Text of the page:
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Transpirational Drying of Douglas-Fir: Effect on Log Moisture Content and Insect Attack

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Young growth Douglas-fir, 16 to 24 inches in diameter, were felled and allowed to remain in the woods with various proportions of their crowns intact. Those trees with the greatest proportion of crown intact and that were least shaded lost the greatest amount of sapwood moisture. Significant reduction in moisture content and weight occurred after one month, with the maximum reduction attained after 3 to 4 months in the summer. Little drying occurred in the winter. Trees left without limbs sometimes gained moisture. Sapwood moisture contents ranged from lows of around 40 percent for trees with crowns intact to 140 percent for those with all limbs removed. The maximum difference in weight of wood on the variously treated trees was 20 pounds per cubic foot with 10-pound reductions being common after 3-4 months of transpirational drying. Bark and timber beetle attack varied with the drying condition of the trees.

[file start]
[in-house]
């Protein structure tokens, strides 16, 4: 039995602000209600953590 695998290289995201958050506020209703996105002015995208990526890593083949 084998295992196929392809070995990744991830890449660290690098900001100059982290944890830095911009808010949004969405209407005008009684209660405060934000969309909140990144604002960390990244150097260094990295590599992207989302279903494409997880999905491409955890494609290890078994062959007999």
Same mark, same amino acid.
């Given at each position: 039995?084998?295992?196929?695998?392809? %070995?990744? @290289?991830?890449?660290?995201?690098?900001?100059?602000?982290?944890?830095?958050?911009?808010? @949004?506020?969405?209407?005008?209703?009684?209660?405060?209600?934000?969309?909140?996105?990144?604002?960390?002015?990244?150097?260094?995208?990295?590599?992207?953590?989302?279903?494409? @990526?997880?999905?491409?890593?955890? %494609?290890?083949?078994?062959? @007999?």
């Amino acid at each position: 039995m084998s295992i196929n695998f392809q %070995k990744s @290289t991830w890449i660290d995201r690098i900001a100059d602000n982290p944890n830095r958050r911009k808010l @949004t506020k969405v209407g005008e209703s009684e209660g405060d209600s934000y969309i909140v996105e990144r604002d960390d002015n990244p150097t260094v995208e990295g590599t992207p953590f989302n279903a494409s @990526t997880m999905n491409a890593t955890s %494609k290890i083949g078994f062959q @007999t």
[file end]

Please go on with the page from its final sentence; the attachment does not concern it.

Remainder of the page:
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Document Type: Journal Article

Affiliations: Thinning Contract Supervisor, Weyerhaeuser Co., Longview, Wash.

Publication date: 1969-11-01

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    The Journal of Forestry is the most widely circulated scholarly forestry journal in the world. In print since 1902, the Journal has received several national awards for excellence. The mission of the Journal of Forestry is to advance the profession of forestry by keeping forest management professionals informed about significant developments and ideas in the many facets of forestry: economics, education and communication, entomology and pathology, fire, forest ecology, geospatial technologies, history, international forestry, measurements, policy, recreation, silviculture, social sciences, soils and hydrology, urban and community forestry, utilization and engineering, and wildlife management. The Journal is published bimonthly: January, March, May, July, September, and November.

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